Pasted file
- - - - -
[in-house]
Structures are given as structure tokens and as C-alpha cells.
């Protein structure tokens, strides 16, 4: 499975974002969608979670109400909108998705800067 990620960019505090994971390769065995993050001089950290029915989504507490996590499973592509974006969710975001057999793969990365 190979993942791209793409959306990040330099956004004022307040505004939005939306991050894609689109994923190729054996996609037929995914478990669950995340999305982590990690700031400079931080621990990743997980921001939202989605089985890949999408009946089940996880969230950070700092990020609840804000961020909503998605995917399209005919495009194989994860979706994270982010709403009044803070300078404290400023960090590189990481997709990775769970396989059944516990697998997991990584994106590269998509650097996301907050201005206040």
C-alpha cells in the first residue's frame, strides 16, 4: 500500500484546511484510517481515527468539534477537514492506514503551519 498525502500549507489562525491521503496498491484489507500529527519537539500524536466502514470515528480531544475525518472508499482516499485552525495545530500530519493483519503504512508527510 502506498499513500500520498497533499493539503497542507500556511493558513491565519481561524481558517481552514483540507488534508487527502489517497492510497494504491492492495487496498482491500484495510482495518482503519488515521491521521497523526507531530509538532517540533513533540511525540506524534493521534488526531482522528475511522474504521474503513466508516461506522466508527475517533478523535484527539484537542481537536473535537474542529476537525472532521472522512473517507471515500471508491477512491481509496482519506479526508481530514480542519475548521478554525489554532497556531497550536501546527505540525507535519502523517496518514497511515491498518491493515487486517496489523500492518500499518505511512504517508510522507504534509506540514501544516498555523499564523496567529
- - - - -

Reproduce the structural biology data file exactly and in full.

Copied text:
[in-house]
Structures are given as structure tokens and as C-alpha cells.
């Protein structure tokens, strides 16, 4: 499975974002969608979670109400909108998705800067 990620960019505090994971390769065995993050001089950290029915989504507490996590499973592509974006969710975001057999793969990365 190979993942791209793409959306990040330099956004004022307040505004939005939306991050894609689109994923190729054996996609037929995914478990669950995340999305982590990690700031400079931080621990990743997980921001939202989605089985890949999408009946089940996880969230950070700092990020609840804000961020909503998605995917399209005919495009194989994860979706994270982010709403009044803070300078404290400023960090590189990481997709990775769970396989059944516990697998997991990584994106590269998509650097996301907050201005206040």
C-alpha cells in the first residue's frame, strides 16, 4: 500500500484546511484510517481515527468539534477537514492506514503551519 498525502500549507489562525491521503496498491484489507500529527519537539500524536466502514470515528480531544475525518472508499482516499485552525495545530500530519493483519503504512508527510 502506498499513500500520498497533499493539503497542507500556511493558513491565519481561524481558517481552514483540507488534508487527502489517497492510497494504491492492495487496498482491500484495510482495518482503519488515521491521521497523526507531530509538532517540533513533540511525540506524534493521534488526531482522528475511522474504521474503513466508516461506522466508527475517533478523535484527539484537542481537536473535537474542529476537525472532521472522512473517507471515500471508491477512491481509496482519506479526508481530514480542519475548521478554525489554532497556531497550536501546527505540525507535519502523517496518514497511515491498518491493515487486517496489523500492518500499518505511512504517508510522507504534509506540514501544516498555523499564523496567529